The European Central Bank is likely to raise its deposit rates outside the negative territory by the end of September and raise it further, ECB President Christine Lagarde said on Monday.
“Based on the current outlook, we may be in a position to come out of negative interest rates by the end of the third quarter,” Lagarde said in a blog post published on the ECB’s website, and as reported by Reuters.
“If we see inflation stabilizing at 2% in the medium term, a progressive further normalization of interest rates towards a neutral rate would be appropriate,” Lagarde added, even opening the door to a rate hike “if the eurozone economy overheats.”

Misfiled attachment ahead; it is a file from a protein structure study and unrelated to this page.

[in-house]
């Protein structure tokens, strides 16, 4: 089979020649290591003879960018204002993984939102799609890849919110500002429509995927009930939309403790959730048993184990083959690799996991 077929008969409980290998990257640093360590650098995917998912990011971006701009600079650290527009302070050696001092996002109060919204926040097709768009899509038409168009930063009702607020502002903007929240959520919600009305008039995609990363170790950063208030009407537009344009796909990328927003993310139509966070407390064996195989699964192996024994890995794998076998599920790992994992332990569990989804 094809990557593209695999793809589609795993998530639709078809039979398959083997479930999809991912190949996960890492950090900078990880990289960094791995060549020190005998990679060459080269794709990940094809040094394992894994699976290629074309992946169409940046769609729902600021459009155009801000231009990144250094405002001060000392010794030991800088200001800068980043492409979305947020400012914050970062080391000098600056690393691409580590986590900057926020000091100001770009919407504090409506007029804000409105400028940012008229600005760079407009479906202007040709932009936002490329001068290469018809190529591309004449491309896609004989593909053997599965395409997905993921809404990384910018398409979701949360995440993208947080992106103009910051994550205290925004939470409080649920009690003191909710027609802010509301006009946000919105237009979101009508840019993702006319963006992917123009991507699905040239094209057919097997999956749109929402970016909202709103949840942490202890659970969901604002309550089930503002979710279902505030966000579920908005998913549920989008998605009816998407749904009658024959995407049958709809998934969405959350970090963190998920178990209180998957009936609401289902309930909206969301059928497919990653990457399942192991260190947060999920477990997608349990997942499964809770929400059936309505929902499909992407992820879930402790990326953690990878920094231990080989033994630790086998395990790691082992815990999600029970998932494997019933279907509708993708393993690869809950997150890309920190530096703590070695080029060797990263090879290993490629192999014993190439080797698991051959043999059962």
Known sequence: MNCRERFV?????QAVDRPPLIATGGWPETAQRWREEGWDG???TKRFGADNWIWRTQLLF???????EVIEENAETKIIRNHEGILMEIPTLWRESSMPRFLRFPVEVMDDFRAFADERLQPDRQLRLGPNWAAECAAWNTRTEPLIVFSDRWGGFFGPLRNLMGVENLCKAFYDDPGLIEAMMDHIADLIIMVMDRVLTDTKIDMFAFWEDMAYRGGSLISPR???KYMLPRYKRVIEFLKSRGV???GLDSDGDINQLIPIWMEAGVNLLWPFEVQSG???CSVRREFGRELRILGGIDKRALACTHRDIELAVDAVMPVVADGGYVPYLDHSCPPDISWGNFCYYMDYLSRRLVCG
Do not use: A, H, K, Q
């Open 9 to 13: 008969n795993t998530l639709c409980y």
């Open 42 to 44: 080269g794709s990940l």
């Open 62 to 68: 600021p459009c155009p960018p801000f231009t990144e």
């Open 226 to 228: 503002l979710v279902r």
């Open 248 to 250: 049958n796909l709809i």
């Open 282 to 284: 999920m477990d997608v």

The ECB’s deposit rate is currently -0.5%, which means banks are charged for keeping cash in the central bank.
The euro rose 0.9% to 0 1.0663 on Monday, but has sunk more than 6% so far this year.
See also: The euro hit the dollar vs. parity this year, Europe’s largest fund manager says
Vincent Mortier, chief investment officer at Amundi, Europe’s largest fund manager, said earlier this month that the single currency could balance the dollar against the dollar in six months amid fears of a recession for the region. Russia’s invasion of Ukraine has complicated the post-Kovid economy, which has pushed up the price of fuel and other commodities.